Unknown illness kills 'unusual' number of Marco Island seabirds

Karl Schneider
Naples Daily News

On the north end of Marco Island, near a stretch of beach locals call Sand Dollar Island, residents this summer noticed a strange sickness afflicting a local seabird colony.

Young black skimmers, a state-protected species, were seen limping and dying in alarming numbers in the state's Big Marco Pass critical wildlife area. 

"This summer, a number of chicks started hobbling like they had arthritis and some died," Marco resident Andrew Tyler said. "These were primarily juveniles."

A young black skimmer with a swollen leg joint was spotted on Marco Island on August 23. Dozens of sick and dying skimmers were found throughout the summer on the island and The Florida Fish and Wildlife Conservation Commission continues to investigate the cause.

Wildlife officials with the Florida Fish and Wildlife Conservation Commission have confirmed there has been an unusual number of sick and dying skimmers.

"The birds displayed swollen leg joints and lameness," FWC spokeswoman Michelle Kerr wrote in an email. "Full necropsy results are still pending, and once complete, may help with a more accurate interpretation of what caused the illness." 

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The von Arx Wildlife Hospital in Naples has taken in a mixture of sick shorebirds from Marco, with skimmers and others showing signs of dullness, director Joanna Fitzgerald said.

“There were overlapping symptoms: some not doing well and not able to stand,” she said.

Fitzgerald said her hospital has sent about 22 specimens to FWC for testing. A few of the birds vox Arx received were in rough shape and didn’t make it through the next 24 – 48 hours, she said. Some came in dead-on-arrival.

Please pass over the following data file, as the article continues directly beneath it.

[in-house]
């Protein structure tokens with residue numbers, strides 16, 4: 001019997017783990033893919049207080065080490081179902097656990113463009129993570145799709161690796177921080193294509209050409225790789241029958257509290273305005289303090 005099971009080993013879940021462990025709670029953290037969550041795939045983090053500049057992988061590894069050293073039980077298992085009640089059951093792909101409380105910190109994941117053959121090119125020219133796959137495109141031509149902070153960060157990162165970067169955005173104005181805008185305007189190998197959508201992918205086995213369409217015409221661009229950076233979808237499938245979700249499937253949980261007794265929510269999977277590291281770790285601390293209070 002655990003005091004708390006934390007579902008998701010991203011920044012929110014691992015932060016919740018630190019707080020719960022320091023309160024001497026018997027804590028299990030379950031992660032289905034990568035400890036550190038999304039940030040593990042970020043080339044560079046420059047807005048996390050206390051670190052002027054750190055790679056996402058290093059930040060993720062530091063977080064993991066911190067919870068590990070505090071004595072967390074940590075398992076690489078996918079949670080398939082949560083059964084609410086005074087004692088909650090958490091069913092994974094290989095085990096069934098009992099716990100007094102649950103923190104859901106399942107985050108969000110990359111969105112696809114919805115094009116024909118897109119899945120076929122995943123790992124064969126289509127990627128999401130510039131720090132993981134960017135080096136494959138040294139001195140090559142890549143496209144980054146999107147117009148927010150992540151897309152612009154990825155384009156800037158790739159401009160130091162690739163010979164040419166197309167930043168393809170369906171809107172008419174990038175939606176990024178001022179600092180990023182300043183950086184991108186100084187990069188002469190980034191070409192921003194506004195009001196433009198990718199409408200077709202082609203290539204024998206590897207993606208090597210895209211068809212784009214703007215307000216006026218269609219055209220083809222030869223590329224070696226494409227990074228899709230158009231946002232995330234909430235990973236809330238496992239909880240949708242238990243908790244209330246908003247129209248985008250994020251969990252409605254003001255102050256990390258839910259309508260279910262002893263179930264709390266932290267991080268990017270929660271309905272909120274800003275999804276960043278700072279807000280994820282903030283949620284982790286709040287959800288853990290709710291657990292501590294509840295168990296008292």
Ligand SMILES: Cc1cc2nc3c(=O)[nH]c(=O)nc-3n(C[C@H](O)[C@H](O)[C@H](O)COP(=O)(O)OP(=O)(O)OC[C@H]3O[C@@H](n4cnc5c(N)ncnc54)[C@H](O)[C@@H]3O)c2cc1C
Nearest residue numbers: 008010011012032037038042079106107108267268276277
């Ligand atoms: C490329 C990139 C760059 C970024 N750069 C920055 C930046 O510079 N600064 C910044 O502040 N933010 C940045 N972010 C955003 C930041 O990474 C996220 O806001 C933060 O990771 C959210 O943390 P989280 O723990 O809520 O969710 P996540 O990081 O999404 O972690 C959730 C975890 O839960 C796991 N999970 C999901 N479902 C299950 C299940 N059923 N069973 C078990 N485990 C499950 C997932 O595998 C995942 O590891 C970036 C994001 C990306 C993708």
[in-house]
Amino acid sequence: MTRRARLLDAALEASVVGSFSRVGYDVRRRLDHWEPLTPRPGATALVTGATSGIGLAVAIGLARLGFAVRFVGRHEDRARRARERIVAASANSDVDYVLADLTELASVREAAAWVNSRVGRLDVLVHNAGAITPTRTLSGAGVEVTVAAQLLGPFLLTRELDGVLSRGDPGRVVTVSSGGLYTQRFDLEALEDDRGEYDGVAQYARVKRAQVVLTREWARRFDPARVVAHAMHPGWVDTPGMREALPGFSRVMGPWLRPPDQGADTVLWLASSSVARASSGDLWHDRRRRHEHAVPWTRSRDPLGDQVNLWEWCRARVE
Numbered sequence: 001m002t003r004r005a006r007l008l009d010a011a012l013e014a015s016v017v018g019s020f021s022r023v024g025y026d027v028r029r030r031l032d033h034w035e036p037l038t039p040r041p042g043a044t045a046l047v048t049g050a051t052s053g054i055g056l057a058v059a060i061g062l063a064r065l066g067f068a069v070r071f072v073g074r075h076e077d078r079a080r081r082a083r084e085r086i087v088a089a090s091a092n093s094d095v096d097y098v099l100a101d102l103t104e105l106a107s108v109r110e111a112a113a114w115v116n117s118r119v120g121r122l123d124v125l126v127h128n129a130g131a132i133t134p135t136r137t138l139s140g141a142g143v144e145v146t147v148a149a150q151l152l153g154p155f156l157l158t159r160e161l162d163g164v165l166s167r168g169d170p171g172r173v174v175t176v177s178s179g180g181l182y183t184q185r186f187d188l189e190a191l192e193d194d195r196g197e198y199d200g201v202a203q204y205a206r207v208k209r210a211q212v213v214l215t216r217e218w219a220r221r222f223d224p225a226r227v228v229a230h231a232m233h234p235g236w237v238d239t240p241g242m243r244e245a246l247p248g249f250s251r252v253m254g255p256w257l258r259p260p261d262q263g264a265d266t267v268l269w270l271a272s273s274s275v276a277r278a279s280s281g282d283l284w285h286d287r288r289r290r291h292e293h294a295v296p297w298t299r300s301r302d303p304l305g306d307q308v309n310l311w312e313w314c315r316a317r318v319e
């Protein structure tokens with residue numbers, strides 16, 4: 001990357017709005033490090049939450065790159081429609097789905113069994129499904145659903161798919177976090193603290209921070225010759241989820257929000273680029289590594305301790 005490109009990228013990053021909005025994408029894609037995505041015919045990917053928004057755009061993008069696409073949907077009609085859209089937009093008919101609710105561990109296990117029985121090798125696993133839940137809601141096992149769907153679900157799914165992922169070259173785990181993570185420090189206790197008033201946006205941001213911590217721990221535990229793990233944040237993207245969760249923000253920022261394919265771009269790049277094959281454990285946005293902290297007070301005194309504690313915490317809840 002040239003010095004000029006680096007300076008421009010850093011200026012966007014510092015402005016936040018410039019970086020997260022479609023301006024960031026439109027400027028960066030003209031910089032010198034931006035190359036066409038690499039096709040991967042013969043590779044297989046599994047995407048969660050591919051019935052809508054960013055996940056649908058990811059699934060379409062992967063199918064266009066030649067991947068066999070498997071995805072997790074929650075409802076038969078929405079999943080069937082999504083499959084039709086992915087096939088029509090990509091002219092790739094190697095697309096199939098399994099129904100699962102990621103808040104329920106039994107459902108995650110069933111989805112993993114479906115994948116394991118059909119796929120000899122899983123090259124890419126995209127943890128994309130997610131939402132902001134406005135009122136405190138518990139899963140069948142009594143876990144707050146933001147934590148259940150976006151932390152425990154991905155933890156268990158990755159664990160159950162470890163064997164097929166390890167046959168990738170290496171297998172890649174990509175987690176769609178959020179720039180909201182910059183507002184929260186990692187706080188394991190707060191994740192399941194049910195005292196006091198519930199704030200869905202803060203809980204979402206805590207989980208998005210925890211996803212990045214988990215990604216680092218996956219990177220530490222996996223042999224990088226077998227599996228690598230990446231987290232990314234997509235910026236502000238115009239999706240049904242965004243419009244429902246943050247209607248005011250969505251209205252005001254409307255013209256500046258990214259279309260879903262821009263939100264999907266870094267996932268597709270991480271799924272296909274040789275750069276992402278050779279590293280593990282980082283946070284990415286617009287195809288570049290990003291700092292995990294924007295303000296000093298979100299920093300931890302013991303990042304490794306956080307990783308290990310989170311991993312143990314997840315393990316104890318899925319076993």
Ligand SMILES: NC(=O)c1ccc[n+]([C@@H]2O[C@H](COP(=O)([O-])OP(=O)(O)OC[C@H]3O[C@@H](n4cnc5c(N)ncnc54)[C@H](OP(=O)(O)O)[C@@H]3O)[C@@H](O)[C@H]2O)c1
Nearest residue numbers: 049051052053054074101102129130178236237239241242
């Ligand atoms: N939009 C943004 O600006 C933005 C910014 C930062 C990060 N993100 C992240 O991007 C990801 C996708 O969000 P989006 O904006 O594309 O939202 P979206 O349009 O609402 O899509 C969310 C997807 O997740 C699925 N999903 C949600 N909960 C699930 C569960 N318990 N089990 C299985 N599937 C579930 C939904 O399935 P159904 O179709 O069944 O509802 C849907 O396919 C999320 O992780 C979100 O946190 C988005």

Black skimmers are protected, state threatened birds under Florida’s Endangered and Threatened Species Rule.

“The black skimmer faces many threats as the human population increases and spreads to previously undeveloped coasts,” FWC’s website says. “Habitat loss due to coastal development is the main threat to the species.”

Skimmers are named for the species’ unique feeding technique. The shorebirds will fly low and skim the water’s surface with their lower bill. The birds generally nest in colonies along beaches.

The FWC continues to communicate with wildlife veterinarians at local wildlife rehabilitation facilities and has received additional seabird and shorebird carcasses for necropsy as part of this investigation, Kerr wrote.

The Clinic for the Rehabilitation of Wildlife (CROW) on Sanibel confirmed it received two sick skimmers from Marco in mid-August.

CROW and FWC did not provide a diagnosis, but specimens have been sent to the Southeastern Cooperative Wildlife Disease Study for further investigation.

That group is a research and service organization at the University of Georgia's College of Veterinary Medicine. The university did not respond to inquiries.

"The problem is the event is over. Birds are dead or they survived and everybody’s moved on," said Brad Cornell of the Audubon of the Western Everglades. "Nobody wants it to happen again, so trying to figure out what caused it, is it still there and what do we do about it, is important."

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Karl Schneider is an environment reporter. Connect with him via email at kschneider@gannett.com and on Twitter: @karlstartswithk